White House National Security Adviser John Bolton. Photo: AFP

US National Security Adviser John Bolton insisted Sunday that last week’s nuclear summit with North Korea, which abruptly ended with President Donald Trump walking away without reaching an agreement, was not a failure.

The second meeting aimed at reaching an agreement on disarmament with the North’s Kim Jong Un ended in such disarray in Hanoi Thursday that the two did not even make a joint statement.

Bolton told the American television program Face the Nation that Trump’s failure to secure commitments from Pyongyang on eliminating its nuclear capability should be seen as “a success, defined as the president protecting and advancing American national interests.”

YouTube video

He said the issue was whether North Korea would accept what the president called “the big deal” – total denuclearization – or something less, “which was unacceptable to us.”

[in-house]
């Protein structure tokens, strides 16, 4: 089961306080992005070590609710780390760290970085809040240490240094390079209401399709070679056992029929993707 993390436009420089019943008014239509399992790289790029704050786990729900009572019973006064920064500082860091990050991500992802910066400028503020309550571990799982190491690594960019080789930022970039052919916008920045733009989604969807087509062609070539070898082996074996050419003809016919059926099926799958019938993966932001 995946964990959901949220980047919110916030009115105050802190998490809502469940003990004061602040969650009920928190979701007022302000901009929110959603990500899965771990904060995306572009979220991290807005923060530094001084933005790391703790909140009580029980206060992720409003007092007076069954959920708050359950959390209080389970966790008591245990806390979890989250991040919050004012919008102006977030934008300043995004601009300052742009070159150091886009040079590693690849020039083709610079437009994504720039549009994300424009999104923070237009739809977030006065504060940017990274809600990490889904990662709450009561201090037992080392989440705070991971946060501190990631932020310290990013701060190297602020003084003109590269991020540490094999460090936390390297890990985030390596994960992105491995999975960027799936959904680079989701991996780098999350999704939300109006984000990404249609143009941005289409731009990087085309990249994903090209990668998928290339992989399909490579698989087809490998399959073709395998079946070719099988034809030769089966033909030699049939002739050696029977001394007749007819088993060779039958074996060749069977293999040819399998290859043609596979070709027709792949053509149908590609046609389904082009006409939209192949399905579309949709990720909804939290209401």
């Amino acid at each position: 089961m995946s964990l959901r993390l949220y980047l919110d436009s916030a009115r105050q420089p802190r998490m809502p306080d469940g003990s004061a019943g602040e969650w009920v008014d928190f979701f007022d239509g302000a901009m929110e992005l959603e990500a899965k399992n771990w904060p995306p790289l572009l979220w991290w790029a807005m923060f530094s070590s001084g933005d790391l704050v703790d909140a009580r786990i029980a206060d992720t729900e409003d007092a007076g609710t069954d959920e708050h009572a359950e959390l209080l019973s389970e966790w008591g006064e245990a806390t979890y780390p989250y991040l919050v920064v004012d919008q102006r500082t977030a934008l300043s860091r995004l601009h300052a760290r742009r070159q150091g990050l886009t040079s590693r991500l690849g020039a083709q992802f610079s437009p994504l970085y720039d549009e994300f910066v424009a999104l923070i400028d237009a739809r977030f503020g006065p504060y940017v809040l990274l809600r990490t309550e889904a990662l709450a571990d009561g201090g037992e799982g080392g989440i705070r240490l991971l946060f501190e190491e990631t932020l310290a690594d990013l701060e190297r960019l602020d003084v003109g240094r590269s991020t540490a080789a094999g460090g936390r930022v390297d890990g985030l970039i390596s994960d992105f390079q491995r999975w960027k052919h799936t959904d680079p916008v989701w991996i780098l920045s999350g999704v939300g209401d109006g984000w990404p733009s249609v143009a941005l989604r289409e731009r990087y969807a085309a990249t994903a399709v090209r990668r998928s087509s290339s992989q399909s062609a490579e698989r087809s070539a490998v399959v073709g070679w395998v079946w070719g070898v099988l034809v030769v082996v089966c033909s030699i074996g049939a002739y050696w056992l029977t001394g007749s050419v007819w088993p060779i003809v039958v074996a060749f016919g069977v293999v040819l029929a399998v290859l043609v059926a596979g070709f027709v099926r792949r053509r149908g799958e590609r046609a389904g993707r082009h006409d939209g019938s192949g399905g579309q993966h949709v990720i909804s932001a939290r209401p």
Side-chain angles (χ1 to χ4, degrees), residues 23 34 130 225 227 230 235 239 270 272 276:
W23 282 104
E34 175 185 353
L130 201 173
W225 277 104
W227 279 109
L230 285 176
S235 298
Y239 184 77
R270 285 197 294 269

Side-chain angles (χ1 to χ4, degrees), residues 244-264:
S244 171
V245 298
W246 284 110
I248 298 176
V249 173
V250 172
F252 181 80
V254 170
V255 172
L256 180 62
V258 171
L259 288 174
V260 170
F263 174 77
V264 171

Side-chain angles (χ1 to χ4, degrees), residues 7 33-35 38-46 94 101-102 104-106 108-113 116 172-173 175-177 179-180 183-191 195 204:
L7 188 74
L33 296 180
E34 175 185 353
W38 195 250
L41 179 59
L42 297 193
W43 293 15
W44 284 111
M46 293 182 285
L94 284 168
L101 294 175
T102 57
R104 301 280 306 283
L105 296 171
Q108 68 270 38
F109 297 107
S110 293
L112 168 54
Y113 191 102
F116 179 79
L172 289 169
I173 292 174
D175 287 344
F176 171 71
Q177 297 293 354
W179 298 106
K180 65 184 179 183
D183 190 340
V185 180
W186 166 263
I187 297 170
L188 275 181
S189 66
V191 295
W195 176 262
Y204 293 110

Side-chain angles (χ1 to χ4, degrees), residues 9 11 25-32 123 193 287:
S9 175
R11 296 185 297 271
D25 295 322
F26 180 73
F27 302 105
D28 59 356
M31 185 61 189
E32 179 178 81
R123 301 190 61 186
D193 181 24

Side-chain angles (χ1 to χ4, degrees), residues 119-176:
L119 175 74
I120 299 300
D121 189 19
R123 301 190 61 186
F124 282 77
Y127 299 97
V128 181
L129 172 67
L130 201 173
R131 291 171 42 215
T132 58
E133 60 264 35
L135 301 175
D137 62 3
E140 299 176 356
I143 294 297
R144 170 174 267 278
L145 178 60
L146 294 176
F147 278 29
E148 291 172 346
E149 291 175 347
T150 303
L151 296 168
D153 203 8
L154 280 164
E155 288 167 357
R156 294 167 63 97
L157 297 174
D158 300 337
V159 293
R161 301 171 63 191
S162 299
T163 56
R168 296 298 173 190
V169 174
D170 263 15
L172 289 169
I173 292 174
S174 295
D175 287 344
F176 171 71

Bolton added, “So the president held firm to his view. He deepened his relationship with Kim Jong Un. I don’t view it as a failure at all when American national interests are protected.”

The summit’s collapse followed the leaders’ historic meeting in Singapore, which produced only a vague commitment from Kim to work “toward complete denuclearization of the Korean Peninsula.”

According to senior American officials, during the week leading up to the Hanoi summit, the North Koreans had demanded the lifting of effectively all UN Security Council economic sanctions imposed on Pyongyang since March 2016.

In return, Pyongyang was offering only to close part of the Yongbyon complex, a sprawling site covering multiple facilities – and the North is believed to have other uranium enrichment plants.

However, North Korean Foreign Minister Ri Yong Ho disputed the US account, saying Pyongyang offered to dismantle all “nuclear production facilities in the Yongbyon area” in exchange for partial sanctions relief.

“Sometimes you have to walk and this was just one of those times,” Trump said on Thursday, adding that he would “rather do it right than do it fast.”

– with reporting by Agence France-Presse

Leave a comment